Melton, Paea turning a problem into a positiv
Melton, Paea turning a problem into a positive
By John Mullin
The season is still in some question but a casual forecast here: The Bears’ defense already is better in a key area now than it was arguably at any point last season.
The defensive schemes of Lovie Smith and Rod Marinelli turn on having a disruptor as the “three-technique,” the defensive tackle role was amply filled by Tommie Harris in his Pro Bowl years but became a weakness toward the end of last season when Harris’ play arguably hurt the overall defense. It’s the tackle that is expected to beat single-team blocking or absolutely command double-teaming, neither of which Harris did at the end.
The drafting of Oregon State power tackle Stephen Paea was targeting that position. A 4-3 one-gap team does not trade up, which the Bears did, for a nose tackle. It trades up for a three-technique. Paea has the strength to play nose besides being younger, quicker and as big as Anthony Adams, but his real value is as that interior force that Harris was supposed to re-emerge as and dominate the middle as a counterpoint to Julius Peppers’ mayhem on the edge.
But the serious buzz around Halas Hall, even as no one has any contact with players, continues to be Henry Melton, who added 30 pounds of muscle and is ticketed to replace Harris. Melton was an overlooked impact player in limited duty last season, meaning this is not simply a fuzzy hope for some guy who’s never done much but you hope he will now.
That means that the Bears potentially have not one but two three-techniques, making it less and less likely that they pursue Green Bay veteran Cullen Jenkins if and when free agency ever gets here. It also means that a liability situation at a crucial position could well surface as the pleasant surprise of the 2011 season.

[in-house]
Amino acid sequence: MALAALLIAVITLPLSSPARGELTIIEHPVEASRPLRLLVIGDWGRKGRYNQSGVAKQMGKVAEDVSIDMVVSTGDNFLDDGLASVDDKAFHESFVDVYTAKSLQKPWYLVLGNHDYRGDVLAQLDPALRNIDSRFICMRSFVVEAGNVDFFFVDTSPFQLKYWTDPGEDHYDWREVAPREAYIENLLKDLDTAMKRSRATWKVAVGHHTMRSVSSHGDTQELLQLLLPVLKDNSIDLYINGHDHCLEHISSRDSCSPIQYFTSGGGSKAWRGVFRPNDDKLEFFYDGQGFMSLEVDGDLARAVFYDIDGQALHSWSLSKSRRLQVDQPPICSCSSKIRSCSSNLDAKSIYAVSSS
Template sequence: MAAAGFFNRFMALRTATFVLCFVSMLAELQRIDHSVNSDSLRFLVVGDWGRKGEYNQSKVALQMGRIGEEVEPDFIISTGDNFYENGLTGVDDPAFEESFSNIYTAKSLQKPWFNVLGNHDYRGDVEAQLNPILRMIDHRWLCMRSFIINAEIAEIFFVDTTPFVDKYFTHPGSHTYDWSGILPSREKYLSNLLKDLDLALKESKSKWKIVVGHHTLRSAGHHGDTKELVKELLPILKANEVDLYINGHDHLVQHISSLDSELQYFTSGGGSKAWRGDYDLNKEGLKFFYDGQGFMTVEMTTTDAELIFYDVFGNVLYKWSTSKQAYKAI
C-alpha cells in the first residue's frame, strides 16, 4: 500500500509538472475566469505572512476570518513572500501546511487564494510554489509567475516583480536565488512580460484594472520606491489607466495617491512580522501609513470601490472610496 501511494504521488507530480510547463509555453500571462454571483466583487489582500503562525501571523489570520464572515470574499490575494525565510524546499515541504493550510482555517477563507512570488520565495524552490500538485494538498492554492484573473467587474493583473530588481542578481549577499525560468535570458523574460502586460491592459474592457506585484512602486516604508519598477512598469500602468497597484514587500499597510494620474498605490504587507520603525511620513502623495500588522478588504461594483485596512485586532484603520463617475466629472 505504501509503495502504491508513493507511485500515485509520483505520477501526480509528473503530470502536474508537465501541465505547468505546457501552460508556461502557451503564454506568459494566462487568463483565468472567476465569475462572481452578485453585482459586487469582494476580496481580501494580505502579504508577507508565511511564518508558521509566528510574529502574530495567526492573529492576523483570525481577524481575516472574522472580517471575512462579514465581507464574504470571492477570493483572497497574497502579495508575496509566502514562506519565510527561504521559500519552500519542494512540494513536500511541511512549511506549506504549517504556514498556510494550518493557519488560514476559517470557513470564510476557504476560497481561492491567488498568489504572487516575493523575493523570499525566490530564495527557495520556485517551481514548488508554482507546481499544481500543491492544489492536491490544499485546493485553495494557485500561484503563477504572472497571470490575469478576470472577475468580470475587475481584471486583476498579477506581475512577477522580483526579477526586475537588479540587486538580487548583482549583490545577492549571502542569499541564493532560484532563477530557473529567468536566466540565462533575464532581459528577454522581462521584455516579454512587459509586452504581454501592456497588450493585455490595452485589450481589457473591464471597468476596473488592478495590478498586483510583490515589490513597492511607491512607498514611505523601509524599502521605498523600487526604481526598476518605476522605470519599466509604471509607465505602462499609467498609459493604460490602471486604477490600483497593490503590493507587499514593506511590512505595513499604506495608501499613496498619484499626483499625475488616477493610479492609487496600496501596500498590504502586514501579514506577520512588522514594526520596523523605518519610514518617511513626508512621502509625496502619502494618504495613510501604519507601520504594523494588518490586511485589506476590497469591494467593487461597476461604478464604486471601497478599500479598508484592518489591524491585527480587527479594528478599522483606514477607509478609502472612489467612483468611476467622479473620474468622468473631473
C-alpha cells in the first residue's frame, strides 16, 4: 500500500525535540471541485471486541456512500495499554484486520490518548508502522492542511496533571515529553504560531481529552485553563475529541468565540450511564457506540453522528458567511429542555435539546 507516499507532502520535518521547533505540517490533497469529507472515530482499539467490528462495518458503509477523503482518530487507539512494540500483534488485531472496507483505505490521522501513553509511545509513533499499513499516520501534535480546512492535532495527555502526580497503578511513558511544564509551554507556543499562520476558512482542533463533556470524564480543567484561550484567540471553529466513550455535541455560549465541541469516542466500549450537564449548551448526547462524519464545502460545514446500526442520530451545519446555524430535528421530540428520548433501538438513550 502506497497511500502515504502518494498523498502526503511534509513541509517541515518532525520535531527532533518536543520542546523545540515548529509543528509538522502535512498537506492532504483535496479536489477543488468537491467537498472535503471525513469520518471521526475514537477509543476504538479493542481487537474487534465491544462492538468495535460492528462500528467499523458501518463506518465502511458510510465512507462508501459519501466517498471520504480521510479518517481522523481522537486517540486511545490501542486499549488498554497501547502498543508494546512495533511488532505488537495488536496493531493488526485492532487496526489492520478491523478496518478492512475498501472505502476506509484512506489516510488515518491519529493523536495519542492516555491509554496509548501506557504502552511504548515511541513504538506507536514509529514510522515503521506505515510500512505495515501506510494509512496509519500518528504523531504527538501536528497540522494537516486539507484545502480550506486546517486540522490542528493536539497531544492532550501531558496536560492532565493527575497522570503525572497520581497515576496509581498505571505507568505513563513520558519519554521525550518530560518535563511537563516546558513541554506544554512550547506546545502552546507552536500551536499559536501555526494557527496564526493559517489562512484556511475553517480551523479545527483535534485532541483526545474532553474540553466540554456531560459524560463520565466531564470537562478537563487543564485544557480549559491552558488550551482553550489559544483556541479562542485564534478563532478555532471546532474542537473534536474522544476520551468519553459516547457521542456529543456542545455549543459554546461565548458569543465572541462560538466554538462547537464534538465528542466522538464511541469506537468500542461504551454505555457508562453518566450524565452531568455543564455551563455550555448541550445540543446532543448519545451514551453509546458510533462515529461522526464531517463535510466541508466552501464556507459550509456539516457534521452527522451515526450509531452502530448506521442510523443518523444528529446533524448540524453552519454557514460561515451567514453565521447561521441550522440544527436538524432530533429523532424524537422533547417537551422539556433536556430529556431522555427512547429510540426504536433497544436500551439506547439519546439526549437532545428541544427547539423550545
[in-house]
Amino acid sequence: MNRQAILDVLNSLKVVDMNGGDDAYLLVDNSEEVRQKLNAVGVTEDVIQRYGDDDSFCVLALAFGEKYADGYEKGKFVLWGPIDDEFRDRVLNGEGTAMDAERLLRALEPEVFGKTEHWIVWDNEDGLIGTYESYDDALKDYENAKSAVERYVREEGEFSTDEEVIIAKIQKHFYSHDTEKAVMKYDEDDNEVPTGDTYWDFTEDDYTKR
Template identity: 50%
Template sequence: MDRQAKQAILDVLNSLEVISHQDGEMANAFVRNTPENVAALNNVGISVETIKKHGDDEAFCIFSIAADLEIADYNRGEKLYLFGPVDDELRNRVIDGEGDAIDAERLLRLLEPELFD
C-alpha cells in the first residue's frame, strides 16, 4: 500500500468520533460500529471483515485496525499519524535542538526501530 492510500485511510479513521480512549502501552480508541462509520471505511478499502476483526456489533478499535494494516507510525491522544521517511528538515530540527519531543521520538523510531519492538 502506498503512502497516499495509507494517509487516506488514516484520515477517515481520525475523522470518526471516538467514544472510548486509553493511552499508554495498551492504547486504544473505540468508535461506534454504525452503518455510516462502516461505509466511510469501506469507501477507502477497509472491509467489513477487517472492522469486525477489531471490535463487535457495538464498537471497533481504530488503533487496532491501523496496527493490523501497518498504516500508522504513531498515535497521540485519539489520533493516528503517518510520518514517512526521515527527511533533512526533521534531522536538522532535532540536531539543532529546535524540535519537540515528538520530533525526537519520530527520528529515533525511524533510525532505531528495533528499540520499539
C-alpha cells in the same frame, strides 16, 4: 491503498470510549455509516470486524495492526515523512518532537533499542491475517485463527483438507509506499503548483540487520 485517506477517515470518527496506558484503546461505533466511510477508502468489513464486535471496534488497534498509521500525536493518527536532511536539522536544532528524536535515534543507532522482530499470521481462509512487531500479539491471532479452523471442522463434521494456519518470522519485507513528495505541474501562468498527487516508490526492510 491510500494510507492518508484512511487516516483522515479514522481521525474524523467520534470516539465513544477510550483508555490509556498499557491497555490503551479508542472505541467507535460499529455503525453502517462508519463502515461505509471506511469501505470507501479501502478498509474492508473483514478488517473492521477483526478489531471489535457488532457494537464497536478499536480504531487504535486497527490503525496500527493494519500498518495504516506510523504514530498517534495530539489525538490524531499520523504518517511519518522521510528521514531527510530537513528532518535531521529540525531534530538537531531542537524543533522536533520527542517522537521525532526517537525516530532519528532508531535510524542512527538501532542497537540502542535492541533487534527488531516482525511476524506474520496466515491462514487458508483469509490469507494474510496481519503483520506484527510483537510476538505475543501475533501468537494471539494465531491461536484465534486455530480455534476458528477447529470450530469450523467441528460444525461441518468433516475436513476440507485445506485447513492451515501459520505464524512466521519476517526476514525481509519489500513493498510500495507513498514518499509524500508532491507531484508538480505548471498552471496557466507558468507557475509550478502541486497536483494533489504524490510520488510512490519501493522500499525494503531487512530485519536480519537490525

Some good news at a time when that’s in short supply around the NFL…
The Illinois General Assembly has passed House Bill 200, which is legislation addressing the issue of youth concussions in this state. It was co-authored by House Minority Leader Tom Cross (Oswego) and State Senator Kwame Raoul (Chicago) and unanimously passed in both chambers. It marks the first comprehensive state law seeking to address the growing concerns over concussion injuries and their prevention in youth sports.
Kudos to the Bears for taking more than just a bystander role in all this. They know too well the severity of the problem, losing linebacker Hunter Hillenmeyer last preseason to a concussion, and they hosted a confab at Soldier Field to highlight the legislative work being undertaken.
“We congratulate Leader Cross and Senator Raoul for their efforts and tireless work in successfully bringing this important issue to the forefront,” said Bears President and CEO Ted Phillips. “The Bears commend the General Assembly for recognizing the steps that must be taken to further protect Illinois children and young student-athletes from preventable concussions and other brain injuries.”
House Bill 200 would make it mandatory for all school boards in the state to work with the Illinois High School Association to develop clear guidelines to educate coaches, student athletes and their parents, including:
• Requiring all school boards to adopt a policy regarding student athlete concussions and head injuries, and ensuring that policy be in compliance with the protocols, policies, and by-laws of the Illinois High School Association.
• Information on the school board's concussion and head injury policy must be a part of any agreement, contract, code, or other written instrument that a school district requires a student athlete and his or her parents or guardian to sign before participating in practice or interscholastic competition.
• The Illinois High School Association shall make available to all school districts, including elementary school districts, education materials, such as visual presentations and other written materials, which describe the nature and risk of concussions and head injuries.
House Bill 200 was supported by the Chicago Bears, Northwestern Hospital and the Illinois High School Athletic Association together with other interested groups. The bill now goes to Governor Quinn for his approval